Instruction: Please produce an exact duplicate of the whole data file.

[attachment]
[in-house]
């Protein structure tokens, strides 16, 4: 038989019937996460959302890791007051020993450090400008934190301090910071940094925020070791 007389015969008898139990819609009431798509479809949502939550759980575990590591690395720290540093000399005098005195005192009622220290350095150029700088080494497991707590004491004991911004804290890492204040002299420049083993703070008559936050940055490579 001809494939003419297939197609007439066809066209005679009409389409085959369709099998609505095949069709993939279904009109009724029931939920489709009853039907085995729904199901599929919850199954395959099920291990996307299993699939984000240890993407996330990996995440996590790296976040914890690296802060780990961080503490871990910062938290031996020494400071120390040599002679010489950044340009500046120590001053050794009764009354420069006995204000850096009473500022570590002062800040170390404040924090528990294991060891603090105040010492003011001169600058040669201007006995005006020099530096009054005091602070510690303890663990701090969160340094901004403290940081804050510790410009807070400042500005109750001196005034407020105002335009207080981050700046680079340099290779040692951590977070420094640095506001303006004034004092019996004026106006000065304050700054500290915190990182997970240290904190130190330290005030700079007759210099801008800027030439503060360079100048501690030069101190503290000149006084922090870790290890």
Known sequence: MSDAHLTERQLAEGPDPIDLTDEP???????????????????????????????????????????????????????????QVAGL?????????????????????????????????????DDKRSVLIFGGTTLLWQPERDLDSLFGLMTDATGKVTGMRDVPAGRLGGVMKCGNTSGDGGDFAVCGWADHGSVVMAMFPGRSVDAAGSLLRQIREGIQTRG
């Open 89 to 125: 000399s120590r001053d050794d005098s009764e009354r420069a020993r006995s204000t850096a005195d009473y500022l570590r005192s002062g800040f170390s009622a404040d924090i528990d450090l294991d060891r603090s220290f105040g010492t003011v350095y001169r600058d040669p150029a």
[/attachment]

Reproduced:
[in-house]
């Protein structure tokens, strides 16, 4: 038989019937996460959302890791007051020993450090400008934190301090910071940094925020070791 007389015969008898139990819609009431798509479809949502939550759980575990590591690395720290540093000399005098005195005192009622220290350095150029700088080494497991707590004491004991911004804290890492204040002299420049083993703070008559936050940055490579 001809494939003419297939197609007439066809066209005679009409389409085959369709099998609505095949069709993939279904009109009724029931939920489709009853039907085995729904199901599929919850199954395959099920291990996307299993699939984000240890993407996330990996995440996590790296976040914890690296802060780990961080503490871990910062938290031996020494400071120390040599002679010489950044340009500046120590001053050794009764009354420069006995204000850096009473500022570590002062800040170390404040924090528990294991060891603090105040010492003011001169600058040669201007006995005006020099530096009054005091602070510690303890663990701090969160340094901004403290940081804050510790410009807070400042500005109750001196005034407020105002335009207080981050700046680079340099290779040692951590977070420094640095506001303006004034004092019996004026106006000065304050700054500290915190990182997970240290904190130190330290005030700079007759210099801008800027030439503060360079100048501690030069101190503290000149006084922090870790290890």
Known sequence: MSDAHLTERQLAEGPDPIDLTDEP???????????????????????????????????????????????????????????QVAGL?????????????????????????????????????DDKRSVLIFGGTTLLWQPERDLDSLFGLMTDATGKVTGMRDVPAGRLGGVMKCGNTSGDGGDFAVCGWADHGSVVMAMFPGRSVDAAGSLLRQIREGIQTRG
């Open 89 to 125: 000399s120590r001053d050794d005098s009764e009354r420069a020993r006995s204000t850096a005195d009473y500022l570590r005192s002062g800040f170390s009622a404040d924090i528990d450090l294991d060891r603090s220290f105040g010492t003011v350095y001169r600058d040669p150029a």